“The way I see it, if something makes you sad when it ends, it must have been pretty wonderful when it was happening. Truth be told, I always felt it a bit lazy to just think of the world as sad, because so much of it is. Because everything ends. Everything dies. But if you step back, if you step back and look at the whole picture, if you’re brave enough to allow yourself the gift of a really wide perspective, if you do that, you’ll see that the end is not sad, Rebecca. It’s just the start of the next incredibly beautiful thing.” – William Hill, This Is Us.
NBC’s This Is Us became an instant favourite when I first saw it and it continued to mean a lot to me over the years it aired. It rightfully received acclaimed, awards, and a big fanbase. The show presents relatable life experiences, while tugging on heartstrings.
The above quote was said by a character in the penultimate episode, in response to death. I knew when I first watched the scene, with tears trickling down my face (not uncommon when I watch This Is Us), that this scene would provide consolation in the future.
7 months later I said goodbye to our family dog and I found myself drawn to this scene again.
Pet grief is new to me. I didn’t have any pets, other than couple of fish when I was about 10 and my parents previous dog and their rabbits up until I was about 5, and while I lost close relatives growing up, which is another type of grief entirely, I hadn’t lost a pet.
It’s a weird type of grief because you feel guilty for many things like: ‘I should have played with him more’ even though I played with him a lot. ‘I should have walked him more’ even though I walked him a lot. ‘I should have cuddled him more’ even though I cuddled him a lot. I think that’s because there never is enough play time, walks, or cuddles.
Then I feel guilty that I shouldn’t be grieving for a pet. Everyone loses loved ones, including beloved family pets, so what makes my grief so important?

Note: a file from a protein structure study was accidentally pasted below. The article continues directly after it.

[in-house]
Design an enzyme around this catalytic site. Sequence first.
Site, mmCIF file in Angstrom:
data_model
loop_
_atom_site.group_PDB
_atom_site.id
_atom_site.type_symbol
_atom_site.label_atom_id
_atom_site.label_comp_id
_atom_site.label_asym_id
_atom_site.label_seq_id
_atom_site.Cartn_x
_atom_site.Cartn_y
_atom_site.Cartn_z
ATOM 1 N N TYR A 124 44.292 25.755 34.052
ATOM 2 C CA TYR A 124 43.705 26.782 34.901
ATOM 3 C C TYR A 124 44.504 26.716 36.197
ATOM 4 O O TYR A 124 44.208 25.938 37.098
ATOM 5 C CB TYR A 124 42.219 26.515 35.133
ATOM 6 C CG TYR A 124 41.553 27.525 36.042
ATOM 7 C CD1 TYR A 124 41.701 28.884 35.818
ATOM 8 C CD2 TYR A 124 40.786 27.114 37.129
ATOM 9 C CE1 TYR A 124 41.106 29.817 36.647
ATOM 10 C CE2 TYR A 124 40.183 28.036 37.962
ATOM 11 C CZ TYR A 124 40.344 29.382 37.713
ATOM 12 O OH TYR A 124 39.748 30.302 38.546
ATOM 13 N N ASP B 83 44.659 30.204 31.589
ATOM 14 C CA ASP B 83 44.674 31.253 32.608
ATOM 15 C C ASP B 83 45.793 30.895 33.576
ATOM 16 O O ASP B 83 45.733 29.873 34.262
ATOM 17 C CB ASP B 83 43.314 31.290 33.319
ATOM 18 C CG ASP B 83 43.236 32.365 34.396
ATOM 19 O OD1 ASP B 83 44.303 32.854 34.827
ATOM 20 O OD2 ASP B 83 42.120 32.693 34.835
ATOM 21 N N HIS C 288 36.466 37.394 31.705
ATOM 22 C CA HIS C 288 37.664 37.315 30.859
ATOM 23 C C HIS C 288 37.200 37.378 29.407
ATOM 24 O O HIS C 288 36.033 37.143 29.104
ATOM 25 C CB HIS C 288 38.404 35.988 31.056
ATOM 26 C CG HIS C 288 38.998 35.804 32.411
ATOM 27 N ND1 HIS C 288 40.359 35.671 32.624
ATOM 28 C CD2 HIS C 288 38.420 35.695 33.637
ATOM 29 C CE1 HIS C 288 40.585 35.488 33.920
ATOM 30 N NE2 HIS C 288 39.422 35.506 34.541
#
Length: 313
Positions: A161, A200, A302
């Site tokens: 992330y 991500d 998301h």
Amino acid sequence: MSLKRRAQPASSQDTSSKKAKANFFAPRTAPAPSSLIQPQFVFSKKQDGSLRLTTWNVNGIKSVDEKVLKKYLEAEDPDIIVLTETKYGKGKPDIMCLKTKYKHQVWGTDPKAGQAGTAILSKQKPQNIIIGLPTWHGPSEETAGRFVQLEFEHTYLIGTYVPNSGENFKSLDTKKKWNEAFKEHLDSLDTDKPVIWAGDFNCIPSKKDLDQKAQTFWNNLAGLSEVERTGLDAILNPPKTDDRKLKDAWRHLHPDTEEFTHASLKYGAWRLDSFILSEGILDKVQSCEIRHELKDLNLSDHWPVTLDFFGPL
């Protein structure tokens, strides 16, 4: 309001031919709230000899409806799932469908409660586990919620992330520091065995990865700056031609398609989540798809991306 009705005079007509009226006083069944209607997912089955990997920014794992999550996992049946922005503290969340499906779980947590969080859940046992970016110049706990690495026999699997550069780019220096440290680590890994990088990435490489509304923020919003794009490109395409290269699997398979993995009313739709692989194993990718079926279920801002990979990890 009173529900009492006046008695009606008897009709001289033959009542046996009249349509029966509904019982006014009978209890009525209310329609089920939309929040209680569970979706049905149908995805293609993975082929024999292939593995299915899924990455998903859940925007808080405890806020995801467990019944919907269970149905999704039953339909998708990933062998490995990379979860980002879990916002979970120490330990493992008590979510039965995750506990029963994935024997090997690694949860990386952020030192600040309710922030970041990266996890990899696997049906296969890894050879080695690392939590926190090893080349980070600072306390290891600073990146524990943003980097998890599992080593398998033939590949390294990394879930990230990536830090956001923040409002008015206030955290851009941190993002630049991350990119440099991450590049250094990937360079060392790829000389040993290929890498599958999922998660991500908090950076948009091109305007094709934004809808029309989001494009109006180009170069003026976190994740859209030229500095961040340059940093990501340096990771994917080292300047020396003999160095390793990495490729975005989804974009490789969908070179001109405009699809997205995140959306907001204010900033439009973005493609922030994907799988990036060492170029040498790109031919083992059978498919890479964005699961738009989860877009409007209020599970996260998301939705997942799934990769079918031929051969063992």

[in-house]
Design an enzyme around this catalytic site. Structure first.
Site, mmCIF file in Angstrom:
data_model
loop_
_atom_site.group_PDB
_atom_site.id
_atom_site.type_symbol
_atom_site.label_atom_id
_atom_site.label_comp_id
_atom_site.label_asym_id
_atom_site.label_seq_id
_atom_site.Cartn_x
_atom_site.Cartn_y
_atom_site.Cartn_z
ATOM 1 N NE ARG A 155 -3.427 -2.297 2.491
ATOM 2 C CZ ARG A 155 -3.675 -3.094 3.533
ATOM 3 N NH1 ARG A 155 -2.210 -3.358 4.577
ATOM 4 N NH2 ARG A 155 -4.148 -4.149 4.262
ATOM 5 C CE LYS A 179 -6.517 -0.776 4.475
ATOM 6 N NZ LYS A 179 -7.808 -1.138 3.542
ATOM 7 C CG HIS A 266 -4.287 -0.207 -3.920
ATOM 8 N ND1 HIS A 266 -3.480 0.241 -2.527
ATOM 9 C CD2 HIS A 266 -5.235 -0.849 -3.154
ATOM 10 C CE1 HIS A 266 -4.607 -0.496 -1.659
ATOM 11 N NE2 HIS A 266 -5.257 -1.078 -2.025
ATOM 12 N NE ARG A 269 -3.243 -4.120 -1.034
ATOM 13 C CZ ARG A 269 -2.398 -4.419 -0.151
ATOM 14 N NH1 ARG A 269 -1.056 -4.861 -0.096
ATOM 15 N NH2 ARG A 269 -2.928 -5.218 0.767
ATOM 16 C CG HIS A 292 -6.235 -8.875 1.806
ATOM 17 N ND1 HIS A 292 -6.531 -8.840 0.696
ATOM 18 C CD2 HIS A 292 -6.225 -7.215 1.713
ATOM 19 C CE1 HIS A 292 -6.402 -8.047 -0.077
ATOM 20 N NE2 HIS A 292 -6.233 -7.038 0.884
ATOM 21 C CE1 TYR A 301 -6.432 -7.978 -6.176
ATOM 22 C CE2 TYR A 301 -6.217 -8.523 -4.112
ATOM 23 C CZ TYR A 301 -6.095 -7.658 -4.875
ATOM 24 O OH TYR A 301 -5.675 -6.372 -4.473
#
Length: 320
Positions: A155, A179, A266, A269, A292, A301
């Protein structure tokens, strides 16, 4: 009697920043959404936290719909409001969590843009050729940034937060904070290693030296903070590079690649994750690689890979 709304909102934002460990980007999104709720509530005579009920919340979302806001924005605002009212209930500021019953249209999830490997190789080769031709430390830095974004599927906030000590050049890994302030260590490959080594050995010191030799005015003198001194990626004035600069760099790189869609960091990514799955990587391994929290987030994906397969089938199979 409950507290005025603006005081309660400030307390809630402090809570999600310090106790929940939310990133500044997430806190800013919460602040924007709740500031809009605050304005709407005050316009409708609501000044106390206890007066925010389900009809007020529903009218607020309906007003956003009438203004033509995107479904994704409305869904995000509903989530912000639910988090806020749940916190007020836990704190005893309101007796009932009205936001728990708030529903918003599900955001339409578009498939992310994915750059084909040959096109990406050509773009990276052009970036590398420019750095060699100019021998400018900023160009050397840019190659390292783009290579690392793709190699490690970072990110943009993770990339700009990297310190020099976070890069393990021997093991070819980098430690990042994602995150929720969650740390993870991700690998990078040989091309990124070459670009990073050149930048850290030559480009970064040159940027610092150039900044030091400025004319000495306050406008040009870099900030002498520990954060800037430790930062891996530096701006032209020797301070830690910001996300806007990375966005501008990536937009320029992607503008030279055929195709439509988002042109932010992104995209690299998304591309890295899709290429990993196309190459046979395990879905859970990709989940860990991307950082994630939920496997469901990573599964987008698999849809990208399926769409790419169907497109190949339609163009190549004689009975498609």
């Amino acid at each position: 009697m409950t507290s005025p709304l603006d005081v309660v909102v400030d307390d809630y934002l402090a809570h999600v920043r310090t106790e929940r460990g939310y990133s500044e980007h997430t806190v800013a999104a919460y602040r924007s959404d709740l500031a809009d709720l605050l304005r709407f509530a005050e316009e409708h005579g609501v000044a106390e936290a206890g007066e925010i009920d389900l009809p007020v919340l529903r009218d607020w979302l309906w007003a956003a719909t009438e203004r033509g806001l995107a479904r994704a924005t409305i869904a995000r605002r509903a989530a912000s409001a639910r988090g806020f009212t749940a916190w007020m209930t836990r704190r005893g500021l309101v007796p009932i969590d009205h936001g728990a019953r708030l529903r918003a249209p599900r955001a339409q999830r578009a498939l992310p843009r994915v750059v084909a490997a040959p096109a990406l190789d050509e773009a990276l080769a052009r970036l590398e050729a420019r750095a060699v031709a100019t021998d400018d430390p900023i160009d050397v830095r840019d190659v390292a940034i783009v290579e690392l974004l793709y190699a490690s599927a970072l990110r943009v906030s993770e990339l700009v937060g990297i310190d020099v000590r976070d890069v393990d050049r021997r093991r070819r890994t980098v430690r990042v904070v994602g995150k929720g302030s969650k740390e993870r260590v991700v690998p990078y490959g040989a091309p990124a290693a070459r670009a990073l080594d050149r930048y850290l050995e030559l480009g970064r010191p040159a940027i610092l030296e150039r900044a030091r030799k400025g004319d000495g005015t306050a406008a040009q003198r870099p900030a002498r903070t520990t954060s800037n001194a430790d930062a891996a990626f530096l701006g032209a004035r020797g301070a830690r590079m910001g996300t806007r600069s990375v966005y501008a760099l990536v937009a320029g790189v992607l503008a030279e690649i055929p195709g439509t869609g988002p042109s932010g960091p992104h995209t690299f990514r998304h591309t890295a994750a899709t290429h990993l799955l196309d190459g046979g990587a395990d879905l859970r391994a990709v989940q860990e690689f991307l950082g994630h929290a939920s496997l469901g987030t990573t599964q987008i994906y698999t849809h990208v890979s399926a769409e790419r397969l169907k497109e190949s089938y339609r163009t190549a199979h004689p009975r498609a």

I cried a lot in that first week and then more at Christmas, which was tough. Since then, the crying only comes a couple of times a week which I find is a healthy release.
In the first week I joined a Facebook community group for pet loss in order to find some solace with relatable stories. It was comforting at first, but after a month I had to leave because the stories were too sad. It served its purpose for a few weeks, though.
Last week, I dreamt of him. I vividly remember him leaping into my arms from a shelf higher than my head, all because he needed a cuddle from me.
He passed away at 15 and a half years old, which according to Google is above average, and lived, I hope, a happy life with cuddles, food, walks, play-time, and lots of love.
He first entered my life while my Nan was still alive, during her early stages of Alzheimer’s, and helped us through losing her and other family members during my teenage years. As a teen he would sleep on my bed, despite not being allowed, while I watched the DVDs I bought from Tesco for £3 or blogged on Tumblr about my growing love for films. He met my boyfriend, who wasn’t use to dogs, after my first-term at university and took a liking to him straight away. He became a dog of luxury when we all moved out of my hometown to a quieter village, seeing more wildlife on his walks which I think he enjoyed. After moving out he’d be the first soul to greet me when I visited my parents and he came to mine for sleepovers.
It’s these moments I try to think of when I’m missing him. As William says, if something makes you sad when it ends, it must have been pretty wonderful when it was happening. And it was so wonderful. Grief only happens after having loved and I’m lucky to have been able to love him.